BILLINGS — Now under private ownership, Sleeping Giant Ski Area 50 miles west of Cody, Wyoming will offer new features this season to attract more customers and a new phone app to streamline the process at the lodge, said Mike Gimmeson, general manager.
"I think that people are really going to be looking to get outside a bit more this winter. And especially go do something that is safe and recreational. And I think this ski area is perfect for that," Gimmeson said.
The relatively small ski area sits at an elevation of 6,600 feet with 47 runs over 184 acres of skiable terrain.
The ski area's future was uncertain after the former owner, nonprofit group Yellowstone Recreation Foundation, announced in January Sleeping Giant would not operate for the 2020-21 season. The Cody Enterprise reported the ski area was operating at a $200,000 per year deficit.
Cody investment banker Nick Piazza bought the ski area this fall and named Gimmeson general manager. The pair had a chairlift conversation about the ski area just two weeks before the news of the closure.
"Then we said, well hey what great timing. So here we are," Gimmeson said.
Gimmeson has a long history at Sleeping Giant. His parents were part of the ski patrol on the mountain for 20 years while Gimmeson was growing up. He has also been the head of the Sleeping Giant ski school for the past six years.
Gimmeson has been at the helm while crews worked to clear ski runs of debris in and work on other improvements in the off season.
New this year, Sleeping Giant will offer a 30-foot yurt, night skiing and inner tube sledding track. Gimmeson said the yurt will act as home base for ski school. The night skiing will be pulled off with the help of newly installed solar powered lights.
Sleeping Giant is set to open on December 4 through March 28, 2021.
The ski area, like every other business, is finding different ways to offer service amid the COVID-19 pandemic. Once you're on the hill, skiing is naturally socially distanced. The problem comes with choke points like the lodge that bottle people up in close proximity.
Gimmeson said the current limit on people in the lodge is 20, but local health authorities said there could be 50 people inside at a time. The usual capacity inside the three-story lodge is 120.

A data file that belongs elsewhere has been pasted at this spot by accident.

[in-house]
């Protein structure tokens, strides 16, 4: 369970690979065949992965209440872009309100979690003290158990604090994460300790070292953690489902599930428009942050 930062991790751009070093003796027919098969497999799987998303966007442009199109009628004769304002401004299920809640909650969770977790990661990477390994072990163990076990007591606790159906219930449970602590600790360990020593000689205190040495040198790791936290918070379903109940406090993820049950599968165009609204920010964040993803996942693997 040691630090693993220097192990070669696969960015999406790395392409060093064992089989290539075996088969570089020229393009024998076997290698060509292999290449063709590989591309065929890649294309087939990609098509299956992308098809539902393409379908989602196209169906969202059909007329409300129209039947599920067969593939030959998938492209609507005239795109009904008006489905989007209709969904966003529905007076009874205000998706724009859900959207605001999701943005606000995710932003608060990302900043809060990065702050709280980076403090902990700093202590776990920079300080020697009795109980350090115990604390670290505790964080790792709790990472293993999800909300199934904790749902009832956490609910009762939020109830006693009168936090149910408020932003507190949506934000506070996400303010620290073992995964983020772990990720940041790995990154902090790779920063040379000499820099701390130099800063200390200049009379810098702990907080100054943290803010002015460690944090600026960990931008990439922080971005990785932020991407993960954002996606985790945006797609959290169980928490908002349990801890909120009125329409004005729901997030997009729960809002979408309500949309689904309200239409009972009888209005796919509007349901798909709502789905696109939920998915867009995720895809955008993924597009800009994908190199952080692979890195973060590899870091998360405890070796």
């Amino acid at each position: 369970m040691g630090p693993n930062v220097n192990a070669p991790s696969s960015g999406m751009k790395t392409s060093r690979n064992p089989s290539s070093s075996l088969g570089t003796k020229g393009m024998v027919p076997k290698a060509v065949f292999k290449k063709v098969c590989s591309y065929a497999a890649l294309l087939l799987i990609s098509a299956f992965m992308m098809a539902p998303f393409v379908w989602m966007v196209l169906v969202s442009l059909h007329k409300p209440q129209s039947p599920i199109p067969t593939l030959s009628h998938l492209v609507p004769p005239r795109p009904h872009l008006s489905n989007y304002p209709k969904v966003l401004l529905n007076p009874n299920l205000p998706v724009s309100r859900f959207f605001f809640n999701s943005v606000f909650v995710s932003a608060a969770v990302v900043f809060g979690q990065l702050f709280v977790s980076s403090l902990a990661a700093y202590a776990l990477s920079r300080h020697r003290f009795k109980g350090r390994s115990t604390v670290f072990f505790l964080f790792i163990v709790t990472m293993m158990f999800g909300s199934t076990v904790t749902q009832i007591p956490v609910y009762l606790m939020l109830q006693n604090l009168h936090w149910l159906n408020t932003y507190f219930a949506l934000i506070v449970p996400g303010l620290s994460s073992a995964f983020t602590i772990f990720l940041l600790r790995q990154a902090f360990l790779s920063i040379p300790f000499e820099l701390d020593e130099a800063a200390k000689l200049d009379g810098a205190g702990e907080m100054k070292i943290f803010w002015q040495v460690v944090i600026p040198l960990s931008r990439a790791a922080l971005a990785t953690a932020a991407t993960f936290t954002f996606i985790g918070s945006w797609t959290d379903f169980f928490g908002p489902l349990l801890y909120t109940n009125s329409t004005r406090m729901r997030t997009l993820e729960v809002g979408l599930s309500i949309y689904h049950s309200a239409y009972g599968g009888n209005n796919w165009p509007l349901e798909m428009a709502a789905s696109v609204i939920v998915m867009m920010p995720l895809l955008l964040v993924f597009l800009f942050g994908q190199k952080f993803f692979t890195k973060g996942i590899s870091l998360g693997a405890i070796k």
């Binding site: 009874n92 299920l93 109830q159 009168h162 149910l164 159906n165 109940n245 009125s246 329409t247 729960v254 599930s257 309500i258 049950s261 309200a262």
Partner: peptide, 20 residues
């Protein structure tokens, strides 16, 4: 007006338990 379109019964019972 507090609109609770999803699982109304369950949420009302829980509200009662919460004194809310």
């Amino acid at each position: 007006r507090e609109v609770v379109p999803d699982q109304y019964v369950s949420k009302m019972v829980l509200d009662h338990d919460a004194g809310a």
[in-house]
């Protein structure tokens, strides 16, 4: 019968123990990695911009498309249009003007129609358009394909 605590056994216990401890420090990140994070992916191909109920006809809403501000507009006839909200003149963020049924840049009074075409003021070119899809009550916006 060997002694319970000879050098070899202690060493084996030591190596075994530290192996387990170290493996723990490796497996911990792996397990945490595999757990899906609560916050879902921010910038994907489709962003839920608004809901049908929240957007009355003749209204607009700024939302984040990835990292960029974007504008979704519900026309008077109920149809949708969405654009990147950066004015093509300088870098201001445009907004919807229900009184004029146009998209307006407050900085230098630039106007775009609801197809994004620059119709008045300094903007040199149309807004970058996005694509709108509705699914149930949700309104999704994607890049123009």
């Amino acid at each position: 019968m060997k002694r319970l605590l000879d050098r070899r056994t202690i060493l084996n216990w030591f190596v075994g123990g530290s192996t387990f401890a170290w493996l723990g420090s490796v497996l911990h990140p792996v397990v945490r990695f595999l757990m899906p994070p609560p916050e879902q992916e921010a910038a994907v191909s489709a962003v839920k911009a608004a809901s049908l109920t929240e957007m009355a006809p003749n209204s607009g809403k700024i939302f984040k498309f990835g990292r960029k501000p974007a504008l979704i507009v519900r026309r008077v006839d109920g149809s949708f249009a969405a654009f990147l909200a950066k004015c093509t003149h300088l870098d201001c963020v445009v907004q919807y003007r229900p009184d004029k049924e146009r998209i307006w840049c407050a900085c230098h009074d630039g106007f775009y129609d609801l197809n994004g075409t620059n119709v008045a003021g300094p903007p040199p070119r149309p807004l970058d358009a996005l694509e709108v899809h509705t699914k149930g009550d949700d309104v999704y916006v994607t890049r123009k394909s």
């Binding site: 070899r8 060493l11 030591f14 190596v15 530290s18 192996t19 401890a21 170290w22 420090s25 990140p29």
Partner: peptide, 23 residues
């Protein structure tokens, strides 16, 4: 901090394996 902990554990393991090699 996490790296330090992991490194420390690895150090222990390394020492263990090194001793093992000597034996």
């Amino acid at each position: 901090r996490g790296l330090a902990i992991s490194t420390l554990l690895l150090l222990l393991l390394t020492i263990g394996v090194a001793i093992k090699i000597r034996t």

To minimize time spent in the lodge, Sleeping Giant will roll out a new phone app for the season where guests can buy lift tickets, lessons, rental gear and even food.
“Someone could be outside, order their lunch on their phone and it will say what time its ready, then they come in and pick it up and they can go outside and eat it on the deck or go to one of these mountain sanctuaries," Gimmeson said.
Another spacing technique is the creation of "mountain sanctuaries," Gimmeson said. There will be a few space out around the mountain where people can warm up in front of a fire or pop into a canvas tent, Gimmeson said.
“We’re just excited to welcome everyone this winter and do our best to create a low-risk environment for all of our visitors. As the coronavirus is ramping back up in Wyoming, Park County, Montana, we just need all of our visitors to help keep everyone’s time here fun and safe and memorable," Gimmeson said.
Ticket prices have raised since last season by about 20 percent, but that still makes Sleeping Giant one of the most affordable places to ski in the country, Gimmeson said.
Day tickets are priced at $55 for an adult, $42 for a junior, people 70-years-old or older will pay $25 and children 5-years-old and under are free.
The night skiing will carry an additional cost with adults paying $25 to night ski, juniors $20 and $15 for people 70-years-old or older.
Gimmeson said there are no plans to limit the amount of lift tickets sold per day unless the circumstances call for it.
“I think we’re really trying to keep the value in that. We did have to raise our prices a little bit, but we’re also putting a lot of investment into our infrastructure. I think people when they come here are really going to notice the improvements and we’re really excited about that," Gimmeson said.
Over the summer during the COVID-19 pandemic, outdoor recreation saw a massive boom because of its socially distant nature. Gimmeson expects people will have the same itch to get outside once the snow flies.
“You couldn’t even go to a bike shop around here to buy a bike, let alone a tube for your bike because everyone just felt this urge to get outside and not feel cooped up in their house. I think we’re going to see that same trend in the winter. People are really wanting to get outside," Gimmeson said.
Beyond ski season, Sleeping Giant operates the largest dual-zipline in Wyoming. Gimmeson said there's plans for other summer events at the ski area.
“We have a really cool outdoor setting. We have this outdoor deck where we can have bands playing and music and movies and people can spread out on the hillside. We could do weddings, special events. We’re ready for all sorts of stuff," Gimmeson said.